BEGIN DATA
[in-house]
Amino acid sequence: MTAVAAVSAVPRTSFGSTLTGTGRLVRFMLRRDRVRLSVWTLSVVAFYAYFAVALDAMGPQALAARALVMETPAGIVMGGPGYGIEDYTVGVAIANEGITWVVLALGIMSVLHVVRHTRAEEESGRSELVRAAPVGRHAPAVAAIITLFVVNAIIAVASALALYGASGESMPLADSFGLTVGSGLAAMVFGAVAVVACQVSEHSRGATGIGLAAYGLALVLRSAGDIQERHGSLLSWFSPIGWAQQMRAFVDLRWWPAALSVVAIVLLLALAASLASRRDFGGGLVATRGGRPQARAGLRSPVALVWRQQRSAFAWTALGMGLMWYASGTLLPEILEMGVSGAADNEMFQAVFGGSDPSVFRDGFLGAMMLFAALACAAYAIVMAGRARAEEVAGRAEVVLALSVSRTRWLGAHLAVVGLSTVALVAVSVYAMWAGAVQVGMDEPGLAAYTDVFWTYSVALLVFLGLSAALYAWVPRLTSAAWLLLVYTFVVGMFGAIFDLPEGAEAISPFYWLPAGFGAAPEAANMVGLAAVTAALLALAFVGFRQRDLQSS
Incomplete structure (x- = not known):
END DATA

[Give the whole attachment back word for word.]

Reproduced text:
[in-house]
Amino acid sequence: MTAVAAVSAVPRTSFGSTLTGTGRLVRFMLRRDRVRLSVWTLSVVAFYAYFAVALDAMGPQALAARALVMETPAGIVMGGPGYGIEDYTVGVAIANEGITWVVLALGIMSVLHVVRHTRAEEESGRSELVRAAPVGRHAPAVAAIITLFVVNAIIAVASALALYGASGESMPLADSFGLTVGSGLAAMVFGAVAVVACQVSEHSRGATGIGLAAYGLALVLRSAGDIQERHGSLLSWFSPIGWAQQMRAFVDLRWWPAALSVVAIVLLLALAASLASRRDFGGGLVATRGGRPQARAGLRSPVALVWRQQRSAFAWTALGMGLMWYASGTLLPEILEMGVSGAADNEMFQAVFGGSDPSVFRDGFLGAMMLFAALACAAYAIVMAGRARAEEVAGRAEVVLALSVSRTRWLGAHLAVVGLSTVALVAVSVYAMWAGAVQVGMDEPGLAAYTDVFWTYSVALLVFLGLSAALYAWVPRLTSAAWLLLVYTFVVGMFGAIFDLPEGAEAISPFYWLPAGFGAAPEAANMVGLAAVTAALLALAFVGFRQRDLQSS
Incomplete structure (x- = not known):